IOC President Thomas Bach fielded questions on China and Peng Shuai ©IOC

Thomas Bach has denied suggestions the International Olympic Committee (IOC) has sided with China regarding Peng Shuai, claiming the organisation must remain politically neutral or the Olympic Games would "end".

The IOC has been criticised for its handling of the Peng situation after concerns were raised over the Chinese tennis player's well-being following allegations she made of sexual assault against a high-ranking Chinese politician.

It refused to mention the allegations or why there are fears about her welfare in any of its statements following two calls it held with Peng, and Bach again did not make any reference to her claims when speaking after an IOC Executive Board meeting today.

The IOC's failure to do so has been interpreted by some critics as pandering to China, due to stage the Winter Olympic Games from February 4 to 22, and being complicit with the country.

The IOC has also seen several countries, including upcoming Olympic hosts the United States and Australia, announce diplomatic boycotts of Beijing 2022 in protest at China's record on human rights.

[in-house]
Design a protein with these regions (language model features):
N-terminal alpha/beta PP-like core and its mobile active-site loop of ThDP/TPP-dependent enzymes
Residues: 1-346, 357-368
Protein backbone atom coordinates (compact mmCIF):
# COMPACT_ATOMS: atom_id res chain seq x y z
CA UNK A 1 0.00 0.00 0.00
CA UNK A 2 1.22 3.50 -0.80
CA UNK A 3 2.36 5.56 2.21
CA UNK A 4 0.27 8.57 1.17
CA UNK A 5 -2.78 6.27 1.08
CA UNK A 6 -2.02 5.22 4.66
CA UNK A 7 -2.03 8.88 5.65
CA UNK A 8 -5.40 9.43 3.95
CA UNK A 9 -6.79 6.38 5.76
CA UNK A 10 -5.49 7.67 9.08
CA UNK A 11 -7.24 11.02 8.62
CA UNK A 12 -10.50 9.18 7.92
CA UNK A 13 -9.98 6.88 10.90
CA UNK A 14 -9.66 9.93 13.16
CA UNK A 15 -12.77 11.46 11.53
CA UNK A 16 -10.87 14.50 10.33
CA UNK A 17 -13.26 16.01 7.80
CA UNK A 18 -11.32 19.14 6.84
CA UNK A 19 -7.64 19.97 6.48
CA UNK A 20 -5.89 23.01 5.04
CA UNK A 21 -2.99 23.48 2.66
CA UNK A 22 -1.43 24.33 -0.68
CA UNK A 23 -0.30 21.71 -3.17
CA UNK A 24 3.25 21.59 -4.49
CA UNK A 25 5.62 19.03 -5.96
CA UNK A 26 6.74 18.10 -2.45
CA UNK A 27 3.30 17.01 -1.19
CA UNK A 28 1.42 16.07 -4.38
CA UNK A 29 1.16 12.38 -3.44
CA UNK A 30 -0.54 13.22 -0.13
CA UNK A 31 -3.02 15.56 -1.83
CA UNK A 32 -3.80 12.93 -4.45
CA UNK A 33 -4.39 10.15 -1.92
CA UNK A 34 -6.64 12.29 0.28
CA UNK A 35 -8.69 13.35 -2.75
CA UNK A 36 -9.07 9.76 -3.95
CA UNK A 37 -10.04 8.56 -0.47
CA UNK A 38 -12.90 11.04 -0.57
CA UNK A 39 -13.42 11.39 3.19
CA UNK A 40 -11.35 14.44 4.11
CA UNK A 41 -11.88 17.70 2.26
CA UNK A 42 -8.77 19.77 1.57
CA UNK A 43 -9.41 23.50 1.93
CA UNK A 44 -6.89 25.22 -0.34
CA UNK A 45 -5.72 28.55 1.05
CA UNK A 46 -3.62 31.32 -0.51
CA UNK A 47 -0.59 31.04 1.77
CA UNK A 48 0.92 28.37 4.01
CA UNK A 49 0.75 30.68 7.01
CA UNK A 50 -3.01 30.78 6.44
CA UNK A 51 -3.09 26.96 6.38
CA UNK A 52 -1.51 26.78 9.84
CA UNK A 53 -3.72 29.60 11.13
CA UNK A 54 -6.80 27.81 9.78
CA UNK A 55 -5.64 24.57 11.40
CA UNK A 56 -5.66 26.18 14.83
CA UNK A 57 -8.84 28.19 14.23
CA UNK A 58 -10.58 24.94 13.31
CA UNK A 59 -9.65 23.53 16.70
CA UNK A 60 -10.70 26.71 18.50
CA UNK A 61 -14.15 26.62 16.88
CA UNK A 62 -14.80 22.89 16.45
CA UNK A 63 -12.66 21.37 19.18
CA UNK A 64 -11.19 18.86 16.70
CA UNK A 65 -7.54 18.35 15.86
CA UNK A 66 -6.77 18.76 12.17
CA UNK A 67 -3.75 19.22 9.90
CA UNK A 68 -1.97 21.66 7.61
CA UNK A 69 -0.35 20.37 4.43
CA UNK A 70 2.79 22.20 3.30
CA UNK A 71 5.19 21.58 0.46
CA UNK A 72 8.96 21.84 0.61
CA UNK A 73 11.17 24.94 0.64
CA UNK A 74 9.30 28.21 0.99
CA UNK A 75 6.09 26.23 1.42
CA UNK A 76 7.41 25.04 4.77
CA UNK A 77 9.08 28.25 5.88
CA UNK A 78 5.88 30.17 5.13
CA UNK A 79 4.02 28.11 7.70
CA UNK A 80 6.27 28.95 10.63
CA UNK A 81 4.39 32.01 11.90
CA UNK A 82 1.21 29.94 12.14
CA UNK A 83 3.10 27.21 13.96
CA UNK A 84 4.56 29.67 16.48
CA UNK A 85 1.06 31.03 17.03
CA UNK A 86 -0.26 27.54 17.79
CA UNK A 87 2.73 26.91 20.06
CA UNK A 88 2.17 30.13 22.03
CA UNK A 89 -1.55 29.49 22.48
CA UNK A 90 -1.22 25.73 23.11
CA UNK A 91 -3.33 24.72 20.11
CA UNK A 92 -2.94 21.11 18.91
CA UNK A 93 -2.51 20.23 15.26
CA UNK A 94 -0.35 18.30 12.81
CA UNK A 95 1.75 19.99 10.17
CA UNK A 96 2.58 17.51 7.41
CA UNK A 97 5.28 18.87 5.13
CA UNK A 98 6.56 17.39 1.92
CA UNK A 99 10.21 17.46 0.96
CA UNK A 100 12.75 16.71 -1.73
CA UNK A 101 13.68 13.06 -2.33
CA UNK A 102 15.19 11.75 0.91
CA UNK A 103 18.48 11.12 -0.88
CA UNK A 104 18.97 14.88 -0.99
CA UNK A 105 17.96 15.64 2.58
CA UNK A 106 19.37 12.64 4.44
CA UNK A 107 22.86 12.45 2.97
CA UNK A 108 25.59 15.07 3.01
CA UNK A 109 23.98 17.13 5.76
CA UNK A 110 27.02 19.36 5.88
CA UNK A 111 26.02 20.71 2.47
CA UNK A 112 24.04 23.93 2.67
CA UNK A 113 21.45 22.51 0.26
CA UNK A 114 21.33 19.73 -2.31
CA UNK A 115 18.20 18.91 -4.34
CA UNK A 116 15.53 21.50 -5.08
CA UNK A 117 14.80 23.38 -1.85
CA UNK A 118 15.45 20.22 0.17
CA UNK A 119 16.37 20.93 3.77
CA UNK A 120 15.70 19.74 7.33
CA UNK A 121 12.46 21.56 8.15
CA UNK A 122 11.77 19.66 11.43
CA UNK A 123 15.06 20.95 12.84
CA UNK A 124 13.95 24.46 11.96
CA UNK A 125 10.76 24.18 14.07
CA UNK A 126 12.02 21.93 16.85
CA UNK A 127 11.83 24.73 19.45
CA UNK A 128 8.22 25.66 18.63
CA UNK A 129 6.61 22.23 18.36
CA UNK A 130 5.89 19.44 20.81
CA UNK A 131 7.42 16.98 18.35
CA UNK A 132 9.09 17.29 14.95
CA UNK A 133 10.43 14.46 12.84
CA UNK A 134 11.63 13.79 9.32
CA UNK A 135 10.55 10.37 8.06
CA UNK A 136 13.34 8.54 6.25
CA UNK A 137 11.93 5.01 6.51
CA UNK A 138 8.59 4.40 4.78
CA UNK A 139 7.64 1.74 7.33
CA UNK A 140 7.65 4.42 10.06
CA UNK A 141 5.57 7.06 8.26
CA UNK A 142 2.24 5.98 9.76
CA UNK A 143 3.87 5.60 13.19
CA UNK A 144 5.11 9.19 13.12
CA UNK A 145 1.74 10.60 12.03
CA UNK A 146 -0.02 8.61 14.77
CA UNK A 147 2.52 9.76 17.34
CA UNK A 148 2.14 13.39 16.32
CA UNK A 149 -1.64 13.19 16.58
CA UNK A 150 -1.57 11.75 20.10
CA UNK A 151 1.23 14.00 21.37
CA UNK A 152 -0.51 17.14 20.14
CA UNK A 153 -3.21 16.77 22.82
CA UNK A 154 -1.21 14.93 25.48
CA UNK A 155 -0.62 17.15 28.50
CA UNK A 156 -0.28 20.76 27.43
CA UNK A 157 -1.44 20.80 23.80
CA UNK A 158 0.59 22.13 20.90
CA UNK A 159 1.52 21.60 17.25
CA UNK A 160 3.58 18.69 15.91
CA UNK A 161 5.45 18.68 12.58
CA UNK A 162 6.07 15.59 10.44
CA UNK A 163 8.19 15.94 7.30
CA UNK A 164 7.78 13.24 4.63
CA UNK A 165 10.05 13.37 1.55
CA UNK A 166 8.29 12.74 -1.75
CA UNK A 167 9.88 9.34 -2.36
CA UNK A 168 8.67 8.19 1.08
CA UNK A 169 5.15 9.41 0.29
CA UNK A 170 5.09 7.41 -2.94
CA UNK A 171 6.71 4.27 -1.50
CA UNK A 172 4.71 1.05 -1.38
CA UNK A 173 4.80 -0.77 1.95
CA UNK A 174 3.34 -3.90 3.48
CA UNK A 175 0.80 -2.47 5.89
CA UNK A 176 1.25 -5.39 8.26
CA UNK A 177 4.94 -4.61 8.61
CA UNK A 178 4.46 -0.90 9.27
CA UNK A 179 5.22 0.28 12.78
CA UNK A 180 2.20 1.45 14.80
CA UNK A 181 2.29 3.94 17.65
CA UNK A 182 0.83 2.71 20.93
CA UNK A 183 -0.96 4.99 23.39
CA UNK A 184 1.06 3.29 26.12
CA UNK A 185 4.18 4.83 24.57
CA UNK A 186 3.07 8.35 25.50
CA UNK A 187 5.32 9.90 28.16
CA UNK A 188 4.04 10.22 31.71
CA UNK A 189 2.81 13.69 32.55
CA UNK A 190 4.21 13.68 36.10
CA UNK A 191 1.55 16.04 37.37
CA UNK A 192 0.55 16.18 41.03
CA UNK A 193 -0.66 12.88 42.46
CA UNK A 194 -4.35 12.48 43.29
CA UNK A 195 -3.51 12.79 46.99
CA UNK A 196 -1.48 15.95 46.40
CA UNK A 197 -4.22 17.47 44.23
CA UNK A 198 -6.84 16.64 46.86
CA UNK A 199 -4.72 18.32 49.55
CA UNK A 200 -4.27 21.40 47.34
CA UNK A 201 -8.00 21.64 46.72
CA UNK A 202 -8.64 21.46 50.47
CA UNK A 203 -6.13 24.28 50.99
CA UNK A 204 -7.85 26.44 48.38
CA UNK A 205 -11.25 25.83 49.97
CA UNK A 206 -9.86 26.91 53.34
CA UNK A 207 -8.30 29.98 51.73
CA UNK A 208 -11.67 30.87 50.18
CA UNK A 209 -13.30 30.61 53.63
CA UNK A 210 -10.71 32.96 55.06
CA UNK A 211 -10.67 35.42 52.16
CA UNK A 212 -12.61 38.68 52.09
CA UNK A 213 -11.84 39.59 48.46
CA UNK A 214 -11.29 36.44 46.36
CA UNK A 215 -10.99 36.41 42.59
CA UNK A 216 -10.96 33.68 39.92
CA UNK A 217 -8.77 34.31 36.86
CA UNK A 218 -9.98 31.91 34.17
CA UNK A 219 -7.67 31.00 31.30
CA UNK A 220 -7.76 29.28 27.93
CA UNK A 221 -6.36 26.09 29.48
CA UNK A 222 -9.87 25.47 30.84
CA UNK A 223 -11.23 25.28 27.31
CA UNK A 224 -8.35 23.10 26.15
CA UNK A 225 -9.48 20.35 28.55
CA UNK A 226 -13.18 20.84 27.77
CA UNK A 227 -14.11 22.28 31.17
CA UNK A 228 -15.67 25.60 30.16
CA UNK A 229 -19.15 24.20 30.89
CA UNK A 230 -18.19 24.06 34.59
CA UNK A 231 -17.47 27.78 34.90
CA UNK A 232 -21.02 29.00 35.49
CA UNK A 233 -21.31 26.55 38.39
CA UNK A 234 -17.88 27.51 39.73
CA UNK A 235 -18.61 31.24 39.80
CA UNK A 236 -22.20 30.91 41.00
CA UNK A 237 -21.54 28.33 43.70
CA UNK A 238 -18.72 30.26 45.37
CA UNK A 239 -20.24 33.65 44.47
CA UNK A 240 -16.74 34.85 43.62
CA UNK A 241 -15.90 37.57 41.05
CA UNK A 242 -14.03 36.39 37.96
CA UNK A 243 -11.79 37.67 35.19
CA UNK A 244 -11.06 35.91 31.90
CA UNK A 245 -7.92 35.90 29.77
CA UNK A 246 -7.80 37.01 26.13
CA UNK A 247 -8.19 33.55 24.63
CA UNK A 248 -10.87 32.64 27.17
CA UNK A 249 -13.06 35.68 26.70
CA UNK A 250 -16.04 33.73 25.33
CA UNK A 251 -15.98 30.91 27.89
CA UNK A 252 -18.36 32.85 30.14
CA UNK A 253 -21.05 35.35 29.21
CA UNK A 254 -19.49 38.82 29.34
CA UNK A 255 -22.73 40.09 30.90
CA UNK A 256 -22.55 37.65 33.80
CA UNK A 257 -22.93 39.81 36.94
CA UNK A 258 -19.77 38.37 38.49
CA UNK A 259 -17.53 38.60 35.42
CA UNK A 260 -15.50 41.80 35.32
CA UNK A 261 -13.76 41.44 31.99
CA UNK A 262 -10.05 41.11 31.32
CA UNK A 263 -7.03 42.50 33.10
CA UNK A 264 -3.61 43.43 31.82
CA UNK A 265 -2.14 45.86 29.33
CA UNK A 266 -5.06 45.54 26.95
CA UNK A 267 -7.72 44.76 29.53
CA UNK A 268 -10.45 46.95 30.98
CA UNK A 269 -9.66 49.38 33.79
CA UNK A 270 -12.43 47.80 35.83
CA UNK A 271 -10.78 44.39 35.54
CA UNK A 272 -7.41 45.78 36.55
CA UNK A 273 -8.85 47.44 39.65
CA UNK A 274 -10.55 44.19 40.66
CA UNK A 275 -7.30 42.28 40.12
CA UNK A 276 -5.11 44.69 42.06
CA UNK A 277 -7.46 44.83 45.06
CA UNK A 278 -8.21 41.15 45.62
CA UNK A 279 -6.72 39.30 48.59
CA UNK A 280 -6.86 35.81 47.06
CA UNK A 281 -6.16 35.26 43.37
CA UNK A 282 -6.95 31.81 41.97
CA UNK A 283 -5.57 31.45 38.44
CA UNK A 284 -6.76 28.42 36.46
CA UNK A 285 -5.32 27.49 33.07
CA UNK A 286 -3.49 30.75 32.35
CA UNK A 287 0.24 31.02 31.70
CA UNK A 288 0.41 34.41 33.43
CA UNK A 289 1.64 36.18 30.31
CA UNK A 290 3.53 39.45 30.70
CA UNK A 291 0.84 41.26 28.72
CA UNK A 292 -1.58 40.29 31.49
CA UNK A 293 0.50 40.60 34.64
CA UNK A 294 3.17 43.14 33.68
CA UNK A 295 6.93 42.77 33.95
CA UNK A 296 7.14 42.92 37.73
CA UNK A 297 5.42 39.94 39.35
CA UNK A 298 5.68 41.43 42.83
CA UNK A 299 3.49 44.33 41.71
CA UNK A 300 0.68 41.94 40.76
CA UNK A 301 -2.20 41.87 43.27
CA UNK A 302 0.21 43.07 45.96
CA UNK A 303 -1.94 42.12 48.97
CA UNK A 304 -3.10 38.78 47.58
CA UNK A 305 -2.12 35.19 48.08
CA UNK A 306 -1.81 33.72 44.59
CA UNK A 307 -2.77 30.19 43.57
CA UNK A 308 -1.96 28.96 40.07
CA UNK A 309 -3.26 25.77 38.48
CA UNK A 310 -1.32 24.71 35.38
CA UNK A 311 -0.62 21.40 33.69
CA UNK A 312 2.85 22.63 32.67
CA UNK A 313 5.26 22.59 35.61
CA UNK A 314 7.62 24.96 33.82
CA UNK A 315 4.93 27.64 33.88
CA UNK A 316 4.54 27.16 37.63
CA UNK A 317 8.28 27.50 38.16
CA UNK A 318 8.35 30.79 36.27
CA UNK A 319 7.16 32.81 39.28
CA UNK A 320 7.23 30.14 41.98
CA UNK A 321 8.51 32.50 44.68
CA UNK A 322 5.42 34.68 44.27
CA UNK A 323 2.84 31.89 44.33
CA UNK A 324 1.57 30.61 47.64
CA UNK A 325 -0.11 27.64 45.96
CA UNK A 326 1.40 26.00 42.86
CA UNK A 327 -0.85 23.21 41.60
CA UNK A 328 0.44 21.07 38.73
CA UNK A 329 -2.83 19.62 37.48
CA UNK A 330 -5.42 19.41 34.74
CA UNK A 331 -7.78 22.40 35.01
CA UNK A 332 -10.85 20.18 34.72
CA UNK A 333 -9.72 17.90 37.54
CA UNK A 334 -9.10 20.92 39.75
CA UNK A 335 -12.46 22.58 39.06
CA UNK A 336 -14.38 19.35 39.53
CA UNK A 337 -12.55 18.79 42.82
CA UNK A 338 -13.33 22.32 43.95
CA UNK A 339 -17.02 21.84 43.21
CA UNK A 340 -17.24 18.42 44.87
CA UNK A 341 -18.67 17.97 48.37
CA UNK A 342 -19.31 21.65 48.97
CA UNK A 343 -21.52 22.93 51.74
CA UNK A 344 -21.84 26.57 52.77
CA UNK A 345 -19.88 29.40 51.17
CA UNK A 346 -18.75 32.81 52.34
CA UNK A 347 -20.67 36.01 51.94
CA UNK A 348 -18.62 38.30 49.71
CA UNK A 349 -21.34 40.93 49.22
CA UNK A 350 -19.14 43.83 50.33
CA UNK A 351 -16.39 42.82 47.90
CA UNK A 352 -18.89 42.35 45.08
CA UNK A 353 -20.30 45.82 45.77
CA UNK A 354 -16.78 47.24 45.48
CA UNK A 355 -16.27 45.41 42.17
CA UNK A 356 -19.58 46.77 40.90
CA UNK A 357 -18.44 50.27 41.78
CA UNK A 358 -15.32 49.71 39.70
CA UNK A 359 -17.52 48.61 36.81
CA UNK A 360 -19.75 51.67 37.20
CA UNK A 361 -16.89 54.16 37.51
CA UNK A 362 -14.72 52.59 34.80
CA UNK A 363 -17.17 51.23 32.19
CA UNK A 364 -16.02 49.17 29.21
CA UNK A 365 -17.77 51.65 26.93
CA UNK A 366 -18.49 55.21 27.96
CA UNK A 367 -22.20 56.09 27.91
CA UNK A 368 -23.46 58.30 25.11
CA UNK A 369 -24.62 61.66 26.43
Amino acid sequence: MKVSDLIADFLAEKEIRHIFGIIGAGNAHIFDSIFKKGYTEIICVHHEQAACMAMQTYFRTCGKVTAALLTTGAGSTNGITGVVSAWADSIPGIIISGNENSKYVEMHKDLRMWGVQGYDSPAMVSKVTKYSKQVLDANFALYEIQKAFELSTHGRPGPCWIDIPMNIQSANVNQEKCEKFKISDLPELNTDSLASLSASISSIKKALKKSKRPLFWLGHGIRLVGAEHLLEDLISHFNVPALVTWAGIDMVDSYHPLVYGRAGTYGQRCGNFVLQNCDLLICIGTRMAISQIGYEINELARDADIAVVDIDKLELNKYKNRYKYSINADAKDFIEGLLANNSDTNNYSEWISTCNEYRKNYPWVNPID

"If we were to start to take political sides, we would never get the 205 or 206 National Olympic Committees to the Games - this would be the politicisation of the Olympic Games and this would be the end of the Olympic Games," Bach said.

The IOC held its latest Executive Board meeting remotely today ©IOC
The IOC held its latest Executive Board meeting remotely today ©IOC

The IOC has been following a much-criticised policy of "quiet diplomacy" in the case of Peng, while the Women's Tennis Association has opted for a sterner tactic, suspending all of its events in China as a direct response to concerns over the player's welfare.

Its calls with the three-time Olympian and Grand Slam doubles champion are the only reported contacts Peng has had with people outside China since she made the allegations against former top Chinese Communist Party official Zhang Gaoli last month.

Bach said the IOC "have achieved so far with these talks what we could reasonably be expected to achieve".

"We could not feel her being under pressure," Bach said.

"It's very easy to have suspicions. 

"Suspicions you can have always and about everything.

"It's about an individual, about an athlete and you have to take care of this human being and you have to respect this human being and in such a fragile situation that Peng Shuai is in you have to make all the efforts to build trust.

"Our approach is to get the human feeling with her and to assure her that we are caring about her this is what she very much appreciated in both calls."

The IOC has ensured the "physical integrity" of Peng through its calls, Bach added, labelling that "the most important human right".